Despite being an agnostic and basically distrusting and disliking religion, I do understand the longing for an imposed order and clarity on how to live. This past 18 months of our worldwide Covid existence has, for me, only increased the sense of floating through life in a vacuum of meaning. There is so little of the ordered structures that helped us before – no daily routine, no trips to the office, no dropping off and picking up the kids, no real distinction between week and weekend, no trips away to other places and coming back with new perspectives. Just a continuous present, unpartitioned into meaningful blocks.
But losing these very superficial structures has also made me realise just how shallow they were in the first place. At the start of May, Covid finally caught up with me, with all the usual symptoms. I was forced to stay at home for two weeks of quarantine. I distracted myself in this time with Alain de Botton’s “Religion for Atheists” which describes in detail all the things that religions do right which secular society does not.
“Religion for Atheists” makes lots of excellent points: 1) We are essentially forgetful, distracted creatures who lose focus almost instantly. Hence, it is not enough to be moved by a great idea once or read classic books in our youth – we must keep these key messages constantly in mind on a daily, even hourly level. 2) Universities, which were optimistically imagined in the 18th century to have replaced religion and superstition with logic and humanism, provide students with massive amounts of knowledge but zero guidance in the way of wisdom and how to live. 3) Our secular society is compulsively over-efficient in providing entertainment and sustenance for our minds and bodies but there is no provision at all for our emotions and souls, except perhaps for expensive psychoanalysis for the privileged few when things have already gone seriously wrong. 4) We would all benefit hugely from placing ourselves in a wider context, thinking about how huge the universe is and how short and insignificant our lives are within human history and the cosmos – but the demands of everyday life prevent us from these reflections.
The book is full of such useful insights. But the combined impression that stayed with me is one of a huge, developed skeletal system of dealing with life that I have always been completely set apart from. Maybe this explains a lot of the feelings of being lost, confused, at sea and meaningless.
My other distraction during quarantine was the Netflix series “Shtisel”, a show about the everyday lives of extremely religious Haredi Jews in Israel. Nothing about this lifestyle is attractive to me – the characters’ destinies and individual personalities are very often seriously damaged by their religion, they are constantly straining against rules which restrict and make less of them. It looks tough. But it does very neatly illustrate many of the functions of religion that De Botton points out. The characters can lean on established rituals for all aspects of each day, such as showing gratitude for food and health, dealing with the death of a loved one, even the exact wording on how to congratulate somebody. Meaning, morality and how to live is kept in the forefront of their minds during every hour of the day, as opposed to very occasionally during an idle hour or at the peak of a crisis. Their destructive egoistic tendencies are tamed by being forced to constantly consider the needs of the community and their own insignificant yet firmly rooted place in the huge, eternal order of things.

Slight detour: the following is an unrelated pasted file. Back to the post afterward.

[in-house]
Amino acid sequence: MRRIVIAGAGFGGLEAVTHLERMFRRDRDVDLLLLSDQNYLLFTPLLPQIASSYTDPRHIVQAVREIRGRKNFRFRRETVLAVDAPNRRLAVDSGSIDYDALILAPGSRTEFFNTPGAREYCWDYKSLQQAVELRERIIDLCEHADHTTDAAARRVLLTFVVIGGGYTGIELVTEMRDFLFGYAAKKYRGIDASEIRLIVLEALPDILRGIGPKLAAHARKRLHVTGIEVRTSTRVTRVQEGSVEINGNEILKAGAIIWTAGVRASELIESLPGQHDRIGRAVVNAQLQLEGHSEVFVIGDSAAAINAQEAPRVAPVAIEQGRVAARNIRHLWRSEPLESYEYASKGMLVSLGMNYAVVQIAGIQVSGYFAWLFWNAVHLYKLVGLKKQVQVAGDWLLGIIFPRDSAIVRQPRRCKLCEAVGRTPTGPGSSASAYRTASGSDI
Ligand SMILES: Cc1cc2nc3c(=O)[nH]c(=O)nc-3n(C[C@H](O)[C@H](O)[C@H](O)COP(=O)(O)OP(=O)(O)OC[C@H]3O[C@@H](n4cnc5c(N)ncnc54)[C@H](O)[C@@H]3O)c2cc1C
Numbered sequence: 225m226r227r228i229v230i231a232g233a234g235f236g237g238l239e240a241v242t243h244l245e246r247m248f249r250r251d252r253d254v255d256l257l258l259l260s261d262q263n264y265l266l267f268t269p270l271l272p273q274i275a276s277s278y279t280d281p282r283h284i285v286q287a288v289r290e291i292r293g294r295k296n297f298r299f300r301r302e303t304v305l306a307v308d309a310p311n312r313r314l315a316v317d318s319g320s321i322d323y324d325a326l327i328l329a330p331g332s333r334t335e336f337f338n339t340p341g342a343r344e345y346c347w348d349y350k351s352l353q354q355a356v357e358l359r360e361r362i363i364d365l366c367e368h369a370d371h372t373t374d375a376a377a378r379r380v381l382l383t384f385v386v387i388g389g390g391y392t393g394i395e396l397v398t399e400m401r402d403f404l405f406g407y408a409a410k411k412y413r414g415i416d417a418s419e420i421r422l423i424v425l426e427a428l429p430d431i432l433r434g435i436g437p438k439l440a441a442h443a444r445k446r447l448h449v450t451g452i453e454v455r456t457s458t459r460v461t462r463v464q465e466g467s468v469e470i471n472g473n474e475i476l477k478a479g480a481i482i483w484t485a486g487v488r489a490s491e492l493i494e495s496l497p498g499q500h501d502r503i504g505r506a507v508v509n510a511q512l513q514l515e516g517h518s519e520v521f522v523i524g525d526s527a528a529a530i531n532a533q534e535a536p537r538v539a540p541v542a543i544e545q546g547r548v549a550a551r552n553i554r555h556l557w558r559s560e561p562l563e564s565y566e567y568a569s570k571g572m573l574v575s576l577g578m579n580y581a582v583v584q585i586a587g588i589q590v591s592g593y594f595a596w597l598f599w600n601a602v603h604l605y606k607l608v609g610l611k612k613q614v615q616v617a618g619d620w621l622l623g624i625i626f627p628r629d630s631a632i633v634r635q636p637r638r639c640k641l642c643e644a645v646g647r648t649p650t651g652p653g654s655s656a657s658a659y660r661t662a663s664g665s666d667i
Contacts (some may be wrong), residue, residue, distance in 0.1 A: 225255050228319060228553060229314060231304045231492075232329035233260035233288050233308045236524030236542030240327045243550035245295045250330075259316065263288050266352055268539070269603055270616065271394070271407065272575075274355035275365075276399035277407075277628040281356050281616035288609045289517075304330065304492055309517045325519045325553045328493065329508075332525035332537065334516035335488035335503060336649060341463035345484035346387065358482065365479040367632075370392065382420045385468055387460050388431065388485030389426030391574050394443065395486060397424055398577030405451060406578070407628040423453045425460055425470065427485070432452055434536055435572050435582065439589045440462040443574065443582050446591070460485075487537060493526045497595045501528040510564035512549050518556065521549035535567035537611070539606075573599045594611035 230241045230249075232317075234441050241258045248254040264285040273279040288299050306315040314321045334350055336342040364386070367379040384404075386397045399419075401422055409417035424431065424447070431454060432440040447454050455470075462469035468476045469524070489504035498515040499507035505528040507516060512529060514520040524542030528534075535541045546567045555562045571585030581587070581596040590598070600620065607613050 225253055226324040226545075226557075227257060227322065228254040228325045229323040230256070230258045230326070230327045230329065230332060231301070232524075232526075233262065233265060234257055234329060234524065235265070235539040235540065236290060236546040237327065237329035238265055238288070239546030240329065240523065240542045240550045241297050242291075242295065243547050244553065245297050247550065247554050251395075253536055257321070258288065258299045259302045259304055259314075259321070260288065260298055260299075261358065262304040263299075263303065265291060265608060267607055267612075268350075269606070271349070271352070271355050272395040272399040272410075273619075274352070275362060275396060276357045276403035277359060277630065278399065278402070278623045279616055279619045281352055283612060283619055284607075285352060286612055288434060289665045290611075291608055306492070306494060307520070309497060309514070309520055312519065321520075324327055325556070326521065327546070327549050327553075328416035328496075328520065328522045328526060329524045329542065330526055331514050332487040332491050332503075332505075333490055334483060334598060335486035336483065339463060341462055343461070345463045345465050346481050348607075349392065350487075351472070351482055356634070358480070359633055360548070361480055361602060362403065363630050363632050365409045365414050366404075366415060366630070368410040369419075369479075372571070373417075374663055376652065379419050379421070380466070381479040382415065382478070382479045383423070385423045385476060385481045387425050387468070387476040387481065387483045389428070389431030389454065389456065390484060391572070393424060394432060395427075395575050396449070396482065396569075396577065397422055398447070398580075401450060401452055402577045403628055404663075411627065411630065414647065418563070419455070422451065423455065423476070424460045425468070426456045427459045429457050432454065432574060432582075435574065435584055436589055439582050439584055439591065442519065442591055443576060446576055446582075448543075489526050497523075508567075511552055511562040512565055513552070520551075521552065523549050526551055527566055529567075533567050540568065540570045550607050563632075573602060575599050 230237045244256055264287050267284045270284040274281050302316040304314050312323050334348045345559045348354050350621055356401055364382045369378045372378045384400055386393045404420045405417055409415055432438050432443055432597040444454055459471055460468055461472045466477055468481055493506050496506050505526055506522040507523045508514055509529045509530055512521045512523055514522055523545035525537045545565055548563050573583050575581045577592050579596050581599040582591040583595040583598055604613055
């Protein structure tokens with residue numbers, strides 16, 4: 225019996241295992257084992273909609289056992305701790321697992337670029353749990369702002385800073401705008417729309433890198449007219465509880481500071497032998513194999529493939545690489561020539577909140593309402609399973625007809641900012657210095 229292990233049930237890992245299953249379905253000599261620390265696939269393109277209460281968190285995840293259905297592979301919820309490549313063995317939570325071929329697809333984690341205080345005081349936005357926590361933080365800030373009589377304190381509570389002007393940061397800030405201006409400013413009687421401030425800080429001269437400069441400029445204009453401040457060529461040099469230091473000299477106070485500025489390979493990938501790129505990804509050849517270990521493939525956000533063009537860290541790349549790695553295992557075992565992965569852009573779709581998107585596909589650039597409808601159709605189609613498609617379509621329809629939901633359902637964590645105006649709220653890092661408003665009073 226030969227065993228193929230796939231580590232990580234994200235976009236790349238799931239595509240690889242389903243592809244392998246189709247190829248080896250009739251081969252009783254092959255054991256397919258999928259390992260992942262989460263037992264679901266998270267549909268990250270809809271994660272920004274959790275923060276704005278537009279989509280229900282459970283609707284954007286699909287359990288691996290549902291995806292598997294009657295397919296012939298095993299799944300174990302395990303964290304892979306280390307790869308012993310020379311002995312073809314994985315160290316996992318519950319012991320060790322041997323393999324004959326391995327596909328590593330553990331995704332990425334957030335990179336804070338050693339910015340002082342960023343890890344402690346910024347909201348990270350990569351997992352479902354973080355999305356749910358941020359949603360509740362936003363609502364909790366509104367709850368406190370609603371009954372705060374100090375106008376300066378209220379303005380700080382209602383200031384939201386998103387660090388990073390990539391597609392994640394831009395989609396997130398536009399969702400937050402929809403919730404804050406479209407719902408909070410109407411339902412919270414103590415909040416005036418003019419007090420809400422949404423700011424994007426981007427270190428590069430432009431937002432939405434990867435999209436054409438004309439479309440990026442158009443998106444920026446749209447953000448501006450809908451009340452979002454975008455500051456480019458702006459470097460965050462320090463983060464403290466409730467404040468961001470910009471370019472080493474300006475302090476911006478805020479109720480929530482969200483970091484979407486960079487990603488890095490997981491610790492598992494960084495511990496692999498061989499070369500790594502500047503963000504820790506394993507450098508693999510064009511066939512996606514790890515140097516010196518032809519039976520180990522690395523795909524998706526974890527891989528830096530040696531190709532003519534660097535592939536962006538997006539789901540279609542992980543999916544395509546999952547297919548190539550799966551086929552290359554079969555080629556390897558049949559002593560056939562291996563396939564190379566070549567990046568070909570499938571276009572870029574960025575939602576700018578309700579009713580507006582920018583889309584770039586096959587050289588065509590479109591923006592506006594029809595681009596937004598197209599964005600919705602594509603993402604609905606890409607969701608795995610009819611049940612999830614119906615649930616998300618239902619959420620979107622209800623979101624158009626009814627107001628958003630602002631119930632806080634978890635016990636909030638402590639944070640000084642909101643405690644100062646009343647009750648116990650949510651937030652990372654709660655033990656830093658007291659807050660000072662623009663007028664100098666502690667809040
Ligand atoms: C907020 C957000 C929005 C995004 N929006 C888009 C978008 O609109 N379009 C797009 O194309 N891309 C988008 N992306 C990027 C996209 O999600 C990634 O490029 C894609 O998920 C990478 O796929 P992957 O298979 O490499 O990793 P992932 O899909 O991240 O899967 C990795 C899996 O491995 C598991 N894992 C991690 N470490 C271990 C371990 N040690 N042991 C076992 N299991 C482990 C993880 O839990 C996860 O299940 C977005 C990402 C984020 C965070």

Neither Alain de Botton nor I are suggesting that religion as it exists now is the cure for a lack of structure and meaning in life, during Covid or otherwise. To the non-believer, it is all but impossible to accept even the basic beliefs and rules. In reality, religion probably causes more problems than it solves. But sketching out the things that religion does well, the holes it fills and the paths it illuminates does help identify the shape and contours of the huge hole of all that is missing in my own life. In a similar way, living in the Covid era has helped too, by brutally sweeping aside all of the coping mechanisms and soothing routines that people like me have put in place. So, along with the constant thirst and exhaustion that one can expect when recovering from Covid, the most unexpected side-effect for me has to be a renewed and unfulfillable desire for the comforts of religion.